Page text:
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Navigation is a VERY important skill for a cruising sailor to have, we have no road signs to look at or service stations to pull into and ask, "where the &*#% are we?" In this day of high tech electronics many mariners rely on their GPS's for ALL of their navigation needs, this is not a good idea. Si Bon has two onboard GPS's, one at the helm (steering wheel) and one down below at the nav station (a desk area), in addition to these I have also recently purchased a handheld, battery operated GPS. Even with three GPS's onboard I still feel it is very important to keep track of where you are by using pencil and paper navigation, meaning that once an hour you go down below, you get you latitude (lat) and longitude (long) from one of the GPS's and you mark a "fix" at the correct position on the paper chart (pic). Over the course (no pun intended) of the past year I have become very good at pencil and paper navigation, I now am anxious to go below and see what progress we've made since the last fix, I even test myself by using landmarks and a compass to take bearing and mark my estimated position (EP) on the chart and then compare it to the GPS fix.
01/17/2011, Glorietta Bay
I've been over in Glorietta Bay (pic at sunrise) since Friday morning, I'm not sure if I've mentioned before how much I love Glorietta Bay...but this weekend reinforced any doubts I may have had. The air temps have been in the mid to high 70's, Saturday I went for a great sail with a new potential crew member and Sunday I got to take in some football. They only let you anchor here three days a week, so in a few minutes I'll be weighing (hoisting) my anchor and heading back to my mooring ball (poor me).
Invitation to go sailingSteve/Sunny
01/13/2011, Sunny San Diego
Things on my "last few things" list are coming together nicely and March 1 is just around the corner. People always say to me "oh I would love to go sailing sometime" and I tell them "great let me know when you want to go" and then I never hear anymore from them, this seems to be a common issue with all boat owners. Soooo if you want to go out for a sail in United States waters better get ahold of me quick...and don't say "let me know when you are going" I LIVE ON MY BOAT IN THE WATER...I can and will go anytime. I will probably have one more mini cruise in late February with another potential crew member and I may take some little cruises around here before then, but day sails on San Diego Bay are also an awesome way to spend an afternoon.
When told of my cruising plans someone once said to me "the boat is your house, the dinghy is your car". The dinghy (dink for short) is now a vital part of my everyday life aboard Si Bon, I use it anytime I want/need to go ashore. The dink, as everything on a cruising boat, comes with it's own issues, it's not like you just blow up this rubber boat and all is well...where do you keep it while underway? what do you do with the powerful 8 horsepower outboard? What about at night when the dink thief's are looming about? For now I've decided to keep my dink on deck while underway, this means that I first have to use a mini crane, which I have installed on the stern (back) of Si Bon to hoist the 80 pound outboard off of the dink and onto a bracket, I then attach a halyard (used to raise and lower sails) to the dink and hoist it on deck, last but not least, I secure the dink and the fuel tank to the deck of Si Bon. This all sounds easy enough....until you try it by yourself with 10-15 knot winds and rolling seas. Don't want to jinx myself...but I've gotten pretty good at it. The other day I was dropping my engine off Si Bon and onto the dink, when a neighbor rowed by and stopped for a chat, as we talked I looked out and saw some pretty good sized wake headed my way...I wanted to try and finish before it hit us, so I kicked the outboard around with one foot to get it in the right position, at the same time I started dropping the engine until it was on the dink's transom and then quickly attached it to the dink. My neighbor commented "looks like you've done this before". This is one of the many jobs which seemed so difficult a year age...but is now just another part of life aboard Si Bon.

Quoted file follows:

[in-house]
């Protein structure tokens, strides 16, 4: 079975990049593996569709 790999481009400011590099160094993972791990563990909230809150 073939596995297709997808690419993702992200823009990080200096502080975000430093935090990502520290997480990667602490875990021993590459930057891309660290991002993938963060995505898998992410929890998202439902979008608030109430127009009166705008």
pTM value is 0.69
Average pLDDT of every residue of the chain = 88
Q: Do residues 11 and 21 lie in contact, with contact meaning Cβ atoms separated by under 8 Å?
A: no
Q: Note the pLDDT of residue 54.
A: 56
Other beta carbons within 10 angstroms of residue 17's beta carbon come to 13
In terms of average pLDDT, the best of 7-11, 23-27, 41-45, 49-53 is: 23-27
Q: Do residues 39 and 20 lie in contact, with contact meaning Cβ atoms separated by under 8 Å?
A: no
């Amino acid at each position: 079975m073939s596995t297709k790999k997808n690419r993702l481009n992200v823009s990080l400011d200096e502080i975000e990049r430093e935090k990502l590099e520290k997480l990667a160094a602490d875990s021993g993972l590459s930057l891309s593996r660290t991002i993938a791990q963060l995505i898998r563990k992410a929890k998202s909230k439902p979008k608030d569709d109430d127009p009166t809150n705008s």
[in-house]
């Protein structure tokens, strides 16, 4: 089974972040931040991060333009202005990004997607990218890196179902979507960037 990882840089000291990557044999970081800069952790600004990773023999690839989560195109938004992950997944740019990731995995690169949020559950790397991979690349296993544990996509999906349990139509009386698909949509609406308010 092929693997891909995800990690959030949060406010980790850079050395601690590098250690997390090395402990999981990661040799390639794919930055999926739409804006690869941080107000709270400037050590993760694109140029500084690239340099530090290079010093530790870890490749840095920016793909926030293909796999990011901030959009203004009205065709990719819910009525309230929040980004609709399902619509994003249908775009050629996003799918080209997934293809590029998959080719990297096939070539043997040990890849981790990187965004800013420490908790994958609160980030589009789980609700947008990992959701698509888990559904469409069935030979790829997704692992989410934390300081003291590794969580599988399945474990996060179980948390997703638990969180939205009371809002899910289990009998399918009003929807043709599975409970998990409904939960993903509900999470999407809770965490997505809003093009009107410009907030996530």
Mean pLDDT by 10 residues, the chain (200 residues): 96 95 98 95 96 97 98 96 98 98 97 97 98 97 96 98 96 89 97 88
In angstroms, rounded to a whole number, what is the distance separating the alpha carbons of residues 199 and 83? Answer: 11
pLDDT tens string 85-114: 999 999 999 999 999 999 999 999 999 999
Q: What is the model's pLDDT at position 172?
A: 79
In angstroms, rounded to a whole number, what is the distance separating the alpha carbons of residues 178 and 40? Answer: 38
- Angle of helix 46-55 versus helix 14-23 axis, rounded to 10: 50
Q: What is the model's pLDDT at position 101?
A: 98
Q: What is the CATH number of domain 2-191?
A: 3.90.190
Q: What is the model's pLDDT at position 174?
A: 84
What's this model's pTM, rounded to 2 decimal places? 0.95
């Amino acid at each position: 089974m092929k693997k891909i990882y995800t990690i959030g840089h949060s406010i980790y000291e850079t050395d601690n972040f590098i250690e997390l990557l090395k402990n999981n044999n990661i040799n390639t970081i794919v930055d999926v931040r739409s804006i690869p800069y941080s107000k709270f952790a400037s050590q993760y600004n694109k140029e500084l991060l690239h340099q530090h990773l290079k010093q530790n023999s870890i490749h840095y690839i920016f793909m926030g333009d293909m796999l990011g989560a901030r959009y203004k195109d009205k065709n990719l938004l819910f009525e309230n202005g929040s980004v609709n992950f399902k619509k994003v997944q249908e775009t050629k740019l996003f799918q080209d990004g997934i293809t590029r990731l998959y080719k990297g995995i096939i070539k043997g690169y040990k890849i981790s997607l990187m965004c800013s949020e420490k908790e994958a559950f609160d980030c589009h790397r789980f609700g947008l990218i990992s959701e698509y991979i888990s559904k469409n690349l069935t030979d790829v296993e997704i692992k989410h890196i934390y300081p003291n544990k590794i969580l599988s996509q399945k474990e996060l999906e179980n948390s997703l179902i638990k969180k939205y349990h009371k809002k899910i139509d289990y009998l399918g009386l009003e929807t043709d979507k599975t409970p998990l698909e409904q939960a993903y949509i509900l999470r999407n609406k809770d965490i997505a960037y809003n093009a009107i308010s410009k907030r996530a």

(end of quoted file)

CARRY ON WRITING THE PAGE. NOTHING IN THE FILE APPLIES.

Even though I have lived in San Diego my entire life, I have not ever spent much time in Coronado, in fact if not for a few of the kids soccer games and some kind of top producers weekend with Home Funding...I would say I have spent no time here. Coronado has a kind of small town Mayberry feel, mixed in with a Beverly Hills at the beach feel, mixed in with a military town feel. Yesterday Amber came down and we went to breakfast at a place called Clayton's Coffee Shop (pic), a old time diner that was founded in 1941...and other that the prices being higher (Wed they have 5 cent coffee for the military), not much has changed there. As I continue to explore this "island paradise" (it's not really an island), I find it kinda funny that I am preparing to sail away to explore distant shores, and this cool little place was right under my nose. But it's NOT really an island.
Last few thingsSteve
01/08/2011, Coronado mooring anchorage
With a March departure date fast approaching....the heat is on (not weather wise) to get the last few things done before leaving. Many potential cruisers will put off leaving until those "last few things" are all done, then one thing leads to another and they never end up cruising, it seems that there are always going to be those "last few things" to do.
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